A human rights law firm in Canada is accusing a government adoption agency of discriminating against a Christian couple who wanted to become foster parents.
During an interview at the adoption agency, a social worker asked the couple questions regarding their religious beliefs, including whether his church "still believes in some of the more outdated parts of the Bible," according to a press release from the Justice Centre of Constitutional Freedoms.
The man being interviewed responded that his church believes and adheres to all of the Bible. The social worker then commented that her son is gay and that her son had been told by churches in the past that homosexuality is a sin.
The man then explained that although the Bible does identify homosexual behavior as a "sin," he believes all people are created in the image of God and are worthy of respect, dignity, and honor. He further explained that, in accordance with their beliefs, he and his wife would provide any child in their care with unconditional love, respect, and compassion regardless of the child's sexuality, according to the press release.
But since he wouldn't deny the Bible, his answer still wasn't good enough.
Six months later, the couple received a letter informing them that their application to become foster parents had been denied. The letter stated, "We feel that the policies of our agency do not appear to fit with your values and beliefs and therefore, we will be unable to move forward with approval for your family as resources home."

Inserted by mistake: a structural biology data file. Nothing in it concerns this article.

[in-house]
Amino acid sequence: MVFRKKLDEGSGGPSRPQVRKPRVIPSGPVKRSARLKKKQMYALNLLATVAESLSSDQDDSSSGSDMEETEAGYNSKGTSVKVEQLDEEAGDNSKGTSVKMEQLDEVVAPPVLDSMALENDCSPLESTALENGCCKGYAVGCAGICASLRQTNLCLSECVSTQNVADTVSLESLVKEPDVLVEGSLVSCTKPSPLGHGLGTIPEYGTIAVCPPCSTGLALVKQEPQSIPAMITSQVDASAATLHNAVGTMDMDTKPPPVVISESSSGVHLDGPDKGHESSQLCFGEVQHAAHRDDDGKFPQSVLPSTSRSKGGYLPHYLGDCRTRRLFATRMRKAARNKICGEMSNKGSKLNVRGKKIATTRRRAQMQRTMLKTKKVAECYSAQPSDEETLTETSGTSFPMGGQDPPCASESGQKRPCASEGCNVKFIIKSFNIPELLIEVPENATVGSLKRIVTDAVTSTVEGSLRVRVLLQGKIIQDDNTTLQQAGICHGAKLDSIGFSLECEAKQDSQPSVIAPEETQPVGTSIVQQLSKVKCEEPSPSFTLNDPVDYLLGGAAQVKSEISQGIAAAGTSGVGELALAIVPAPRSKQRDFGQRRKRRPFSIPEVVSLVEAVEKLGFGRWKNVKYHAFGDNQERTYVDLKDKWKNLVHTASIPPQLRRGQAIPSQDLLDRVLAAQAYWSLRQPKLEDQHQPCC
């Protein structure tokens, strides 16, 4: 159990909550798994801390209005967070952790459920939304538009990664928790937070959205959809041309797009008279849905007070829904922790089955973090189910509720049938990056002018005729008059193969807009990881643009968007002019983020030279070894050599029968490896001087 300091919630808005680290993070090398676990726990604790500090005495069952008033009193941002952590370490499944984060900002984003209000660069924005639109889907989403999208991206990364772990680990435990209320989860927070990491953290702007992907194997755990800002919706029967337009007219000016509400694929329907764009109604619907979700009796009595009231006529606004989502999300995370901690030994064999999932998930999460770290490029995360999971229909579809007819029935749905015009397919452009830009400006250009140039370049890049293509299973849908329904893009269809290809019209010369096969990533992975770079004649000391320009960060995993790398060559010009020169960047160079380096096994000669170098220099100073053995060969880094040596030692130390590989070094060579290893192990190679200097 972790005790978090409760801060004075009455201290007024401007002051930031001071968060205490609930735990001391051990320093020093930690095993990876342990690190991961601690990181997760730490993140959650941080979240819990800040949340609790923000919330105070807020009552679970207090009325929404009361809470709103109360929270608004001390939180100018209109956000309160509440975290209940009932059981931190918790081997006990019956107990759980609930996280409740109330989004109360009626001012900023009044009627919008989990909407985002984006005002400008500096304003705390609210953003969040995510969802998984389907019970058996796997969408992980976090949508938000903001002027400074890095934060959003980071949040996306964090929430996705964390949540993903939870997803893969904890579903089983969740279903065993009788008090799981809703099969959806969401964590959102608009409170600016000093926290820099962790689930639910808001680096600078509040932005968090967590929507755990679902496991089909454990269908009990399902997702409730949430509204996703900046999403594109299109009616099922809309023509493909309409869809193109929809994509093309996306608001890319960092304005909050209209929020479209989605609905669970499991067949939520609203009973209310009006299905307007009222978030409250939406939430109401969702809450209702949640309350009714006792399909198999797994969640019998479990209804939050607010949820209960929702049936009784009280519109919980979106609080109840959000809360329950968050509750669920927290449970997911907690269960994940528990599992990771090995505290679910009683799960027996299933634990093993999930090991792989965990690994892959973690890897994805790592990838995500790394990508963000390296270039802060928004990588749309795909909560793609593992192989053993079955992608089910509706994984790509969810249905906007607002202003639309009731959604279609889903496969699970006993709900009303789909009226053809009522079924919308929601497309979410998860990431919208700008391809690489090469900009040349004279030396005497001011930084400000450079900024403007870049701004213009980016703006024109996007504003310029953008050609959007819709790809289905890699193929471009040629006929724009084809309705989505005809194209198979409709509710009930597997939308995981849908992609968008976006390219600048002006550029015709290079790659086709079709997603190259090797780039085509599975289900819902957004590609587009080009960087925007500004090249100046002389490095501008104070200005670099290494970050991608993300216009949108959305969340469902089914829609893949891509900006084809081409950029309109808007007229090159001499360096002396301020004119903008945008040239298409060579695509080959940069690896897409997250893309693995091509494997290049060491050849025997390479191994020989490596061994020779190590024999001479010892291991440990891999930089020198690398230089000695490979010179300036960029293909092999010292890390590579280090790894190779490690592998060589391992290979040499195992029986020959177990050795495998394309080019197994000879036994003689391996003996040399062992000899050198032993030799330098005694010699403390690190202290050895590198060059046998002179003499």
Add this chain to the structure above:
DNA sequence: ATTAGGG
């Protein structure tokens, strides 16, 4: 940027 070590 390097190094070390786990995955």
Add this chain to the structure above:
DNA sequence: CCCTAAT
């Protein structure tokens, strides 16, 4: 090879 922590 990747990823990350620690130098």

Trying to get clarification, the couple contacted the social worker and asked what "values and beliefs" had disqualified them. The social worker responded that Child Services' "anti-oppressive" policy conflicted with the couple's views regarding homosexuality.
The Justice Centre is demanding that the agency end religious discrimination against the couple. The centre sent a letter to Simcoe Muskoka Child, Youth and Family Services ("Child Services") calling upon the organization to reverse its decision.
The couple's lawyer John Carpay told The Canadian Press, "The government has no right to discriminate on the basis of religion when looking at couples who are seeking to adopt.
"You can't say that someone can't become an adoptive parent because they're Muslim, they're Jewish or because they're evangelical Christian," he explained.